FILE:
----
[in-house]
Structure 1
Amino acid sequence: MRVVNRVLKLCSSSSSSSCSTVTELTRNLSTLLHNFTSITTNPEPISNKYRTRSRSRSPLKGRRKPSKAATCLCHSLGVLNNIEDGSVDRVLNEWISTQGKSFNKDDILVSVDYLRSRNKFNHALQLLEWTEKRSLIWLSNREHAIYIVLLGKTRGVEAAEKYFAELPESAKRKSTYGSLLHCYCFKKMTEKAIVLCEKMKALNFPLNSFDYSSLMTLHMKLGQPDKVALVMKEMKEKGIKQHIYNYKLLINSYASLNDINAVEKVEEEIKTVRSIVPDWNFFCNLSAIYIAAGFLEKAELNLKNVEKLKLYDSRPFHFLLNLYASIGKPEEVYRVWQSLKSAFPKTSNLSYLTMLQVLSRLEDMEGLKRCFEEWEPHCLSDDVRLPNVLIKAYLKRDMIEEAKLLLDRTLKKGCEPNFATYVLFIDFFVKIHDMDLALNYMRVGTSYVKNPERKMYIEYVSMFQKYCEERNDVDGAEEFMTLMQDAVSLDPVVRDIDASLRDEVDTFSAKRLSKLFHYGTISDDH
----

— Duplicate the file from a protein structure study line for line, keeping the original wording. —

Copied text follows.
[in-house]
Structure 1
Amino acid sequence: MRVVNRVLKLCSSSSSSSCSTVTELTRNLSTLLHNFTSITTNPEPISNKYRTRSRSRSPLKGRRKPSKAATCLCHSLGVLNNIEDGSVDRVLNEWISTQGKSFNKDDILVSVDYLRSRNKFNHALQLLEWTEKRSLIWLSNREHAIYIVLLGKTRGVEAAEKYFAELPESAKRKSTYGSLLHCYCFKKMTEKAIVLCEKMKALNFPLNSFDYSSLMTLHMKLGQPDKVALVMKEMKEKGIKQHIYNYKLLINSYASLNDINAVEKVEEEIKTVRSIVPDWNFFCNLSAIYIAAGFLEKAELNLKNVEKLKLYDSRPFHFLLNLYASIGKPEEVYRVWQSLKSAFPKTSNLSYLTMLQVLSRLEDMEGLKRCFEEWEPHCLSDDVRLPNVLIKAYLKRDMIEEAKLLLDRTLKKGCEPNFATYVLFIDFFVKIHDMDLALNYMRVGTSYVKNPERKMYIEYVSMFQKYCEERNDVDGAEEFMTLMQDAVSLDPVVRDIDASLRDEVDTFSAKRLSKLFHYGTISDDH